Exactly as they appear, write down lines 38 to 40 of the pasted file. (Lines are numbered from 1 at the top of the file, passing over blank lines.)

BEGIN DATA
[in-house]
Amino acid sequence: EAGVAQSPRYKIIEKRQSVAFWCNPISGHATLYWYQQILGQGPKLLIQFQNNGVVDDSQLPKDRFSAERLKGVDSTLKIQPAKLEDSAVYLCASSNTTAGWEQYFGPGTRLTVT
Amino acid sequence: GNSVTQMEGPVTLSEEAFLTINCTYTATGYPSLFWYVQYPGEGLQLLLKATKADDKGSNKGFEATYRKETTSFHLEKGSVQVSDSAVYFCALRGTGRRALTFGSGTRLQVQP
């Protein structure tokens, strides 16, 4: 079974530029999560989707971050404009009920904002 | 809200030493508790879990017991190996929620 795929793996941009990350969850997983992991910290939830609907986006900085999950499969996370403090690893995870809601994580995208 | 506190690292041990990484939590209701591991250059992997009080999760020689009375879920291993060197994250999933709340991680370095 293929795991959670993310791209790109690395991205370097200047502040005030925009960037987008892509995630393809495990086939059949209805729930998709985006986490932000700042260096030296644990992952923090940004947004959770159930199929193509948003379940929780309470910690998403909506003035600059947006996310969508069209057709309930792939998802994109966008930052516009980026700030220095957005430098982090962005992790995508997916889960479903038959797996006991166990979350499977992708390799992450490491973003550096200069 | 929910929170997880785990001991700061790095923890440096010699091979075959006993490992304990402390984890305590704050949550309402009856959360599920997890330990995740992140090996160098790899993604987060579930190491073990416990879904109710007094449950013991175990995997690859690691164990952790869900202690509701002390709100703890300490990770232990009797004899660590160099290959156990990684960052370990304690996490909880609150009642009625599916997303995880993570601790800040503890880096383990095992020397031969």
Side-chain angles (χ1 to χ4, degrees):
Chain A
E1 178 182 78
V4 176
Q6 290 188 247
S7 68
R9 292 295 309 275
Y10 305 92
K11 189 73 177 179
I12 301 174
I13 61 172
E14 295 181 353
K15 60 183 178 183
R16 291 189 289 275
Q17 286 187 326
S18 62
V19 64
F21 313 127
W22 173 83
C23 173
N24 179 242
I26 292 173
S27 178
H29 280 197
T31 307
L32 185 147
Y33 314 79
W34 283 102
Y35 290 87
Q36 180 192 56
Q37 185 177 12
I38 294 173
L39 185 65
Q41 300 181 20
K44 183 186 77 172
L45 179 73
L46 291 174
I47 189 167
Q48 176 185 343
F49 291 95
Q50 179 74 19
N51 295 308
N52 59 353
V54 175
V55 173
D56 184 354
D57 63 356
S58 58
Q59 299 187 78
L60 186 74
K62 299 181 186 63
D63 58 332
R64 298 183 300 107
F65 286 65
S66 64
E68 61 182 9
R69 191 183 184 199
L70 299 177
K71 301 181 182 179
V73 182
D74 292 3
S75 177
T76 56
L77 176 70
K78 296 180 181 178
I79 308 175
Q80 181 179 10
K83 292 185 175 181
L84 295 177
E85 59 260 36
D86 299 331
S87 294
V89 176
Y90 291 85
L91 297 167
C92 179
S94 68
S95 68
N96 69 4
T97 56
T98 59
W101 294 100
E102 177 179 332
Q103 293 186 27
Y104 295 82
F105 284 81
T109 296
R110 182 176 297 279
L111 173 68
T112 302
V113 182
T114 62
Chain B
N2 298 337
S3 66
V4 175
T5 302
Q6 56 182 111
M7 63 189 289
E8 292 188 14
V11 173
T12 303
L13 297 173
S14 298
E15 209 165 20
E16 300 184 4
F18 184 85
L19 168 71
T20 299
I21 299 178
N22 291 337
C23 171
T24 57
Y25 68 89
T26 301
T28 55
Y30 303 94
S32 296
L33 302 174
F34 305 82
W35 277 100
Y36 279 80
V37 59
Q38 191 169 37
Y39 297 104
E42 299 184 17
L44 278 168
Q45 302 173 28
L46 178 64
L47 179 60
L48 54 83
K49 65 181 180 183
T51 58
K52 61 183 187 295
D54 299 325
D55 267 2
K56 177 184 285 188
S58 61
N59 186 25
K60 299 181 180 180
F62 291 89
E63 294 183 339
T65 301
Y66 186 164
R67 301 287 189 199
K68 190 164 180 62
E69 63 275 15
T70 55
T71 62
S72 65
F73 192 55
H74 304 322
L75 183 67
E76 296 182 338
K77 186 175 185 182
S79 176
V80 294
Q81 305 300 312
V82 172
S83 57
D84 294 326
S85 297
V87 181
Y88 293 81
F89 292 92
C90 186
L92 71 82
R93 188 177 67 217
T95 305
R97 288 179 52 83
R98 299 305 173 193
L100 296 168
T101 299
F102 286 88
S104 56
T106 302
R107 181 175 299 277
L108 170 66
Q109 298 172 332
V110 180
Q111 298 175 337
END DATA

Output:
Q41 300 181 20
K44 183 186 77 172
L45 179 73